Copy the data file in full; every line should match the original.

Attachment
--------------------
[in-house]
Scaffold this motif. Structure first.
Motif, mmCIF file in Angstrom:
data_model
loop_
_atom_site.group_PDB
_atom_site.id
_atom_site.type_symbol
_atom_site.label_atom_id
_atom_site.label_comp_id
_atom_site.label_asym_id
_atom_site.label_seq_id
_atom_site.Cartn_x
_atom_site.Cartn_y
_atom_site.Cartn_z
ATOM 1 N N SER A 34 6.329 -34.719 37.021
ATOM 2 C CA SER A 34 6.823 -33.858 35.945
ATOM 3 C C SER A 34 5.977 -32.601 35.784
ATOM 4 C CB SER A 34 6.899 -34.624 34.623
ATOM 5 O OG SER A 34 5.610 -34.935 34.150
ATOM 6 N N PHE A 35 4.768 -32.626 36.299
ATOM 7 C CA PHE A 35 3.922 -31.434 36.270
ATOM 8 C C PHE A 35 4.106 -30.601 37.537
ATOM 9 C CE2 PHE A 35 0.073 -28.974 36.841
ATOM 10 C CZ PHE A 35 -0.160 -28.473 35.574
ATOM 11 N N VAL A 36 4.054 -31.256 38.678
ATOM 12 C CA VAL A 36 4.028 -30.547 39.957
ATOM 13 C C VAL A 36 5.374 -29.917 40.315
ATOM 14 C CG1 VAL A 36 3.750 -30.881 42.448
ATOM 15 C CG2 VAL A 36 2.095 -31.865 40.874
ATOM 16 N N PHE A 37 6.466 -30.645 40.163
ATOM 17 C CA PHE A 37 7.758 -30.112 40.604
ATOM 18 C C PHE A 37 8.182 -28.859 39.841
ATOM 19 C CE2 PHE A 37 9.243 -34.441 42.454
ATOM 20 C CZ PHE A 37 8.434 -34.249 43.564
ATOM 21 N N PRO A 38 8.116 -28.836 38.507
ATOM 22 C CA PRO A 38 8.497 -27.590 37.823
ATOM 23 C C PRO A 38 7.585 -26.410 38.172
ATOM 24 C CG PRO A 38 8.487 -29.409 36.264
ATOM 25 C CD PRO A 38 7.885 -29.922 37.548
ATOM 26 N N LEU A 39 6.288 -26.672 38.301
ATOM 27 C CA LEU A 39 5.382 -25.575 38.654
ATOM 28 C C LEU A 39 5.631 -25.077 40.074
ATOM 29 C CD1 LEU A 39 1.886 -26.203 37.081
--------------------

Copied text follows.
[in-house]
Scaffold this motif. Structure first.
Motif, mmCIF file in Angstrom:
data_model
loop_
_atom_site.group_PDB
_atom_site.id
_atom_site.type_symbol
_atom_site.label_atom_id
_atom_site.label_comp_id
_atom_site.label_asym_id
_atom_site.label_seq_id
_atom_site.Cartn_x
_atom_site.Cartn_y
_atom_site.Cartn_z
ATOM 1 N N SER A 34 6.329 -34.719 37.021
ATOM 2 C CA SER A 34 6.823 -33.858 35.945
ATOM 3 C C SER A 34 5.977 -32.601 35.784
ATOM 4 C CB SER A 34 6.899 -34.624 34.623
ATOM 5 O OG SER A 34 5.610 -34.935 34.150
ATOM 6 N N PHE A 35 4.768 -32.626 36.299
ATOM 7 C CA PHE A 35 3.922 -31.434 36.270
ATOM 8 C C PHE A 35 4.106 -30.601 37.537
ATOM 9 C CE2 PHE A 35 0.073 -28.974 36.841
ATOM 10 C CZ PHE A 35 -0.160 -28.473 35.574
ATOM 11 N N VAL A 36 4.054 -31.256 38.678
ATOM 12 C CA VAL A 36 4.028 -30.547 39.957
ATOM 13 C C VAL A 36 5.374 -29.917 40.315
ATOM 14 C CG1 VAL A 36 3.750 -30.881 42.448
ATOM 15 C CG2 VAL A 36 2.095 -31.865 40.874
ATOM 16 N N PHE A 37 6.466 -30.645 40.163
ATOM 17 C CA PHE A 37 7.758 -30.112 40.604
ATOM 18 C C PHE A 37 8.182 -28.859 39.841
ATOM 19 C CE2 PHE A 37 9.243 -34.441 42.454
ATOM 20 C CZ PHE A 37 8.434 -34.249 43.564
ATOM 21 N N PRO A 38 8.116 -28.836 38.507
ATOM 22 C CA PRO A 38 8.497 -27.590 37.823
ATOM 23 C C PRO A 38 7.585 -26.410 38.172
ATOM 24 C CG PRO A 38 8.487 -29.409 36.264
ATOM 25 C CD PRO A 38 7.885 -29.922 37.548
ATOM 26 N N LEU A 39 6.288 -26.672 38.301
ATOM 27 C CA LEU A 39 5.382 -25.575 38.654
ATOM 28 C C LEU A 39 5.631 -25.077 40.074
ATOM 29 C CD1 LEU A 39 1.886 -26.203 37.081